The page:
Measuring air quality with the Raspberry Pi


The TP-401A sensor is a pretty sensitive device. Although it is not very discriminating (with the possible exception of hairspray), it is sensitive to a wide range of different air contaminants. The system was very easy to build using Grove devices and was a piece of cake to set up for logging data with the DataLogger software. I believe this is the first Rasp Pi Hairspray detector ever built.

Coming Next Column

Next up at SwitchDoc Labs is building a low-power (key feature!) wireless link between the WeatherRack anemometer/wind gauge/rain bucket sensors [9] and a Grove AM2315 temperature/humidity sensor using the Rasp Pi and – you guessed it – Grove connections and devices [10]. Wireless communication is desirable when we build weather projects at SwitchDoc Labs with displays, so we don't have to run wires from the station to the outdoor weather sensors.

Parts List

  • Raspberry Pi 2 Model A/B, RPi3, or RPi Zero
  • Pi2Grover – Grove to Raspberry Pi interface [1]
  • Grove four-channel, 16-bit, analog-to-digital converter [2]
  • Grove TP-401A air quality sensor [3]
  • Grove INA3221 three-channel high-side current I2C sensor [4]
  • Various Grove cables

SwitchDoc Note

One thing about the TP-401A is that it is designed for indoor use. I'm really tempted to take it outside, put a rain cover on it, and run it for a while. With a 49mA current draw, I'm probably not going to use it in a solar power system. You have to let it warm up for several minutes before you get good data, so switching it on and off will still consume quite a bit of power.

I was amazed at how sensitive this inexpensive sensor was. I could detect all sorts of events in the entire house. One thing to point out is that virtually all of the time the sensor value was less than 3,200 (rated as fresh air), and the average was 2,727 across the entire period.

I waited for the morning particulate count to drop and ran one more test – the ultimate hairspray test – using the hairspray near the sensor to see how fast it would react and how bad it would rate the air (Figure 7).

Test findings? The AQS really does not like hairspray. I sprayed the hairspray about 18 inches above the sensor, but not directly into the sensor. It peaked about 11,000 (high pollution) and quickly trailed down during the next 15 minutes. When I tested the sensor in a partially enclosed cardboard box with hairspray, it took much longer to dissipate.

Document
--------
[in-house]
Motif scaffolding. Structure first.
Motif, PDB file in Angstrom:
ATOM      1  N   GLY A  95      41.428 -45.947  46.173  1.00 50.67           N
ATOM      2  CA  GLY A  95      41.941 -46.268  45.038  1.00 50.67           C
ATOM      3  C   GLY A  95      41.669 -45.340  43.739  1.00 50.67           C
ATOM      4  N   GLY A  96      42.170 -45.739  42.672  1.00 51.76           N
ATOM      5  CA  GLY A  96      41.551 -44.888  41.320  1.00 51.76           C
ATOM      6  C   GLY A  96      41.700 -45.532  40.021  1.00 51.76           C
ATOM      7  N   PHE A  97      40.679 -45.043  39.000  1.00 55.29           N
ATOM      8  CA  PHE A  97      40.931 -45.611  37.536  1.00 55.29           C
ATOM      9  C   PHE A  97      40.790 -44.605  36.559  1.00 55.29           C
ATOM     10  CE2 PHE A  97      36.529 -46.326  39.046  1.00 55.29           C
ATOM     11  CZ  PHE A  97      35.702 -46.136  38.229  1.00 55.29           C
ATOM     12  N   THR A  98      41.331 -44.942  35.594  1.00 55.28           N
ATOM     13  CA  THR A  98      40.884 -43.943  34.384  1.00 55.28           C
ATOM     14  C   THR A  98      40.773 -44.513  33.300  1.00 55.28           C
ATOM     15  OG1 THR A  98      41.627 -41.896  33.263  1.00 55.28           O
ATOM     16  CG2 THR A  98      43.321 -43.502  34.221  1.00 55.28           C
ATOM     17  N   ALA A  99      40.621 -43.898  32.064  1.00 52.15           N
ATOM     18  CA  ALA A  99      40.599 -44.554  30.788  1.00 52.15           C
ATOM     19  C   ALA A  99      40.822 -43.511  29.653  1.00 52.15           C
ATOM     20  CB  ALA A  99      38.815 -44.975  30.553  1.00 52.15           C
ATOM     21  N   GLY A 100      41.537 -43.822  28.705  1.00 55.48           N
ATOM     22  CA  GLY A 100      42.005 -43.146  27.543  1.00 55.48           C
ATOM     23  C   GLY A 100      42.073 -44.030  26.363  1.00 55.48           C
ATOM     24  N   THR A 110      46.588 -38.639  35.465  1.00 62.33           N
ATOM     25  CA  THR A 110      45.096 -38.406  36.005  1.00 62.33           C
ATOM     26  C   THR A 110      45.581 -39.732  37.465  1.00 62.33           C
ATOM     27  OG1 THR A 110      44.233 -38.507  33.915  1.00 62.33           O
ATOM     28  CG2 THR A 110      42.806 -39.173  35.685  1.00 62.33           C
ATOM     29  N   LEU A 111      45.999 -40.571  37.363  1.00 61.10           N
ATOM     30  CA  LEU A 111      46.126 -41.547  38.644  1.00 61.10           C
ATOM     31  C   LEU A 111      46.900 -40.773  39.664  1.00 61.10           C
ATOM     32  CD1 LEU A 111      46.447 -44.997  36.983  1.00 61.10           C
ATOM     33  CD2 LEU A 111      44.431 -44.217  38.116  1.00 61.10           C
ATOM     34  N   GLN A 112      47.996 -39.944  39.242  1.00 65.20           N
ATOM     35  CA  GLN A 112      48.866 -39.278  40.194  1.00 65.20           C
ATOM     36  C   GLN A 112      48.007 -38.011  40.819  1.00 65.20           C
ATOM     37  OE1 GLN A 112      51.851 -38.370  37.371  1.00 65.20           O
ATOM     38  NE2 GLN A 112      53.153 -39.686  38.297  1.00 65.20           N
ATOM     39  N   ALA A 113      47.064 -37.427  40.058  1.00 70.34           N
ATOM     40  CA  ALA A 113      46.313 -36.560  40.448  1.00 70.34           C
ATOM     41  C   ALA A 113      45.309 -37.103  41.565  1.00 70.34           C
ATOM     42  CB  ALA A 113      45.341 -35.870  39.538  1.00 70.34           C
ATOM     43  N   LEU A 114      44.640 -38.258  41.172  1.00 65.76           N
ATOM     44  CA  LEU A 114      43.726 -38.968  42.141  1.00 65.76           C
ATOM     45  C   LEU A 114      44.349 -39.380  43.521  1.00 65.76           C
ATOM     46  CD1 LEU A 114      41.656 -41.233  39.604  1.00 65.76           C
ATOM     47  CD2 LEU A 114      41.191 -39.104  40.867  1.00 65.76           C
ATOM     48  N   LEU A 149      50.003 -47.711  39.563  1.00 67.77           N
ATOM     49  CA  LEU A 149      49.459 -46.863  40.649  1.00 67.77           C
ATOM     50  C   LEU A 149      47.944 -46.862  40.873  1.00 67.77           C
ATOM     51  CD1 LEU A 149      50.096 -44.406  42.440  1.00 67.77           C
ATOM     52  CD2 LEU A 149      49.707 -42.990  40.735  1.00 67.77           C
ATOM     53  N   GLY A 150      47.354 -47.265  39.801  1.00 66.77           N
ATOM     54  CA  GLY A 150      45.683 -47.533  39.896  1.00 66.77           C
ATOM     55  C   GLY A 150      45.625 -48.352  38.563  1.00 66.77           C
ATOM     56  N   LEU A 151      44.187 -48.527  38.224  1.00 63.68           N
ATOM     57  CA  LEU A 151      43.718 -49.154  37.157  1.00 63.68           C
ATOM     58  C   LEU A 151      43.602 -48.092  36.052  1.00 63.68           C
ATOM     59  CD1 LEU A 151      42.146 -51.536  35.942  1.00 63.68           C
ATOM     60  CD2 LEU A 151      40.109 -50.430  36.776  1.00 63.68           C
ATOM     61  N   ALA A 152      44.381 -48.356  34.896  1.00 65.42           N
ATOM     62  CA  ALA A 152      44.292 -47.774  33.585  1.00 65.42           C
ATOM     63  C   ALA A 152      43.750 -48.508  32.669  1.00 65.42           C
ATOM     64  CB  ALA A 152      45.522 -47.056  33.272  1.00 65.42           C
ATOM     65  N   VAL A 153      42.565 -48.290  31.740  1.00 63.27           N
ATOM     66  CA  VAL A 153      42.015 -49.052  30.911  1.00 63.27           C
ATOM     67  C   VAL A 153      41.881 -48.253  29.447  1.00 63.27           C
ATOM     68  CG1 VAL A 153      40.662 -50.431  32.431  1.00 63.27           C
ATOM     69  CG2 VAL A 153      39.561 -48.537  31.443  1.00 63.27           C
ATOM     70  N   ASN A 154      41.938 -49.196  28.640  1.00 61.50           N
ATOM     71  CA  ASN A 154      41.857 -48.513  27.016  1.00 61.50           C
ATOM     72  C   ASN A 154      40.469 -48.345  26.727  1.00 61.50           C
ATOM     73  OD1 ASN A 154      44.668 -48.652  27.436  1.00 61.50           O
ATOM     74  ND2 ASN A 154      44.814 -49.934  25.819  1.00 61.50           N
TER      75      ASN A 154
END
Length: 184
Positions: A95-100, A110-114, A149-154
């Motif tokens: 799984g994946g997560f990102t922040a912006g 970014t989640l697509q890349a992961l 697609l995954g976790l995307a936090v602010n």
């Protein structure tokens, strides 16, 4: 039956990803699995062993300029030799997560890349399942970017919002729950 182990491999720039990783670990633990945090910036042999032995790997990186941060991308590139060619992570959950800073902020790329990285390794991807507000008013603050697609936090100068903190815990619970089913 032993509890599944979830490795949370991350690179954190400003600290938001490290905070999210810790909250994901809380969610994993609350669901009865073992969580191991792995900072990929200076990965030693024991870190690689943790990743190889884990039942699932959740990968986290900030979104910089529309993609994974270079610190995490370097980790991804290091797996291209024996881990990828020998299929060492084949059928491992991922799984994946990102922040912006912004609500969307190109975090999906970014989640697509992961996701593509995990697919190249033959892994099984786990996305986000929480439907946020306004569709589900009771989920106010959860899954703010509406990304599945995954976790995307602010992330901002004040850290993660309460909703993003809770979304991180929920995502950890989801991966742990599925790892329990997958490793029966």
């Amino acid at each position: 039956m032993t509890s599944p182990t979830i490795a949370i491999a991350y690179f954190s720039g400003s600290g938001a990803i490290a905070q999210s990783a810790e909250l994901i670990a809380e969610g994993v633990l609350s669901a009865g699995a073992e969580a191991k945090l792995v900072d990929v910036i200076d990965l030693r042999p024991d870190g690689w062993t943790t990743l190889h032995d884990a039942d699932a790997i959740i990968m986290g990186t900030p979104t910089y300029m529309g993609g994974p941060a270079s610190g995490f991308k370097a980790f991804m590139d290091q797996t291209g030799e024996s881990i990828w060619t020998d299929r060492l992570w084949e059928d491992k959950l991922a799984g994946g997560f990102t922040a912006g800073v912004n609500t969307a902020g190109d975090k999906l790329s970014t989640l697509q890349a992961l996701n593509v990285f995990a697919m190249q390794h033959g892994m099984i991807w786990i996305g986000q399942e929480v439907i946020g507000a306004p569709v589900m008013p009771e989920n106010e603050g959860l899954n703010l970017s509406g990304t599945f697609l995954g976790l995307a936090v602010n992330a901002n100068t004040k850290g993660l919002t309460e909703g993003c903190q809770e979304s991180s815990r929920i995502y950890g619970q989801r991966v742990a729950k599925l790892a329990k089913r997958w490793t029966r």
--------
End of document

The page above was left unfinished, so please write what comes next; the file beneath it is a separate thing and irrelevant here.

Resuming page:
Figure 7: The ultimate hairspray test.

Questions & Answers

[UCC:interviewer]Q:[/UCC] In your last column on SunTracking, you got 28% more power from tracking the cell. How much of that was used by the stepper motor and motor circuitry?

Best regards, Sarah

[UCC:interviewee]A:[/UCC] That is a good question, and I should have answered it before I printed the last column. In answer, I took the SunTracker system and hooked up the Grove INA3221 current measuring device between the Rasp Pi and the stepper motor driver/controller.

Based on the resistance measurement of the wiring in the motors (55 ohms per winding – the specification said 42 ohms), I expected an idle current draw of about 180mA. I measured about 170mA with the windings energized (using the Grove INA3221). If I used the motor this way all day, it would burn up ~11Wh, which would be far more than the ~4Wh improvement I got from tracking the sun.

However, that is not how I am using the stepper motor, which turns two steps every six minutes. With no real torque on the motors from the panel just sitting on top of it (ignoring wind!), I can turn the windings off, for a huge power savings. Assuming I turn the motor on for 2 out of 360 seconds, instead of burning 11Wh, it burns 0.061mWh, which is less than 2% of the savings. So, in this system, it looks like a good trade-off. The I2C motor control itself only takes about ~0.6mA.

I could tie down more of my assumptions (e.g., measuring the maximum wind torque on the solar panels), but after just feeling how hard it is to turn the motor when it is off, I think with this system I am covered.

Buy Raspberry Pi Geek

Get it on Google Play

US / Canada

Get it on Google Play

UK / Australia

Related content